Nottingham Road to WIllowcroft RoadFinally, a view looking in the other direction towards Derby. The traffic island leading towards British Celanese look very well-tended, with a number of smart ‘Keep Left’ bollards. On the right hand side of the frame you can just make out the Westminster Bank sign. This building still exists today but is now a private house. What’s very noticeable by their absence are the houses that now exist on that side of the road leading from the bank to where the traffic island with the A52 dual carriageway is today. Oh, and of course, there’s hardly any traffic to be seen.

Nottingham Road Spondon - view towards Derby

Spondon Caravan Centre in the early 1950s

While going through a box of my grandfather’s photographs, I came across this picture of Spondon Caravan Centre that I believe is from the early 1950s – possibly taken at around the same time as these pictures of Spondon Garage. I don’t have the negative, so the image was taken directly from the print using my Epson V550 scanner.

Spondon Caravan CentreThe picture looks to have been taken from near the junction of Willowcroft Road and Nottingham Road. The mock tudor building in the background is the Moon Hotel on Station Road.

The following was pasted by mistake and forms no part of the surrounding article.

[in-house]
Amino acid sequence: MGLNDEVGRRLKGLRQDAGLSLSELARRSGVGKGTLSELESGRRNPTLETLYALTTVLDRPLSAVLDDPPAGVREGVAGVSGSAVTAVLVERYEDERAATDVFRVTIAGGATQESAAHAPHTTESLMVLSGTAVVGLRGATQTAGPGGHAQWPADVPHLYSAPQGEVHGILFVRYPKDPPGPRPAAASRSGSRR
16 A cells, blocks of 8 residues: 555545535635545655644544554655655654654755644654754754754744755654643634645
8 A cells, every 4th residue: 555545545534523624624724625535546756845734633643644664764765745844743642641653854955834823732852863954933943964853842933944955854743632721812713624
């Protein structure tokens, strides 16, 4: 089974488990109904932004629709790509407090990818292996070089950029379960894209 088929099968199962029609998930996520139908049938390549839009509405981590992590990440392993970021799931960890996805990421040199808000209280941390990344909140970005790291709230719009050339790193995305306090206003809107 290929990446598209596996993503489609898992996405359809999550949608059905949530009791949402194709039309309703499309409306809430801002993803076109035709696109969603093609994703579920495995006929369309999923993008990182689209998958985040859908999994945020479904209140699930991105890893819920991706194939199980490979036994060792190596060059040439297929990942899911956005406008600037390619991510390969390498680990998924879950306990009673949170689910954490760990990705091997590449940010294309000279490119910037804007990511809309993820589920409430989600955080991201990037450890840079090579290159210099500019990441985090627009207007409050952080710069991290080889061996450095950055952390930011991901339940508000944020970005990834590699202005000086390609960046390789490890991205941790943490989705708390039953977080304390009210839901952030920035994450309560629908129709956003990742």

My guess is that the reason the picture was taken was that my grandfather purchased a caravan from there. The two pictures of his caravan that follow were stored with this one.

Caravan exteriorCaravan exterior

Caravan interior   Caravan interior

It all looks rather basic compared to the fully fitted, double-glazed and heated caravans of 2016.

Spondon in colour 1956: Before the Borrowash bypass

Many of you enjoyed the black and white photographs of the A52 bypass being built through Spondon I posted here a few weeks ago. I’ve also managed to unearth a few colour slides of Spondon in 1956. These were taken before the bypass was built, presumably in late spring / early summer judging by the state of the foliage.

Willowcroft Road 1956Willowcroft Road – with no bridge!

Kirk Leys Avenue 1956The view across Willowcroft Road towards Kirk Leys Avenue

Spondon Methodist Church 1956Spondon Methodist Church

Lodge Lane 1956Lodge Lane

Derby Road 1956Derby Road

I can place the exact location from where the first four of these photographs were taken quite easily. The fifth is a little more puzzling to me. The original slide is labelled Derby Road, but I’m not sure which section it is or the direction that the photograph has been taken towards. My best guess is that it’s facing towards Spondon Garage, taken from around where the Asda roundabout is today. However, there seems to be too many houses on the right hand side of the image for that to be right.

Any help you can give me in working out where the final slide was taken from would be appreciated!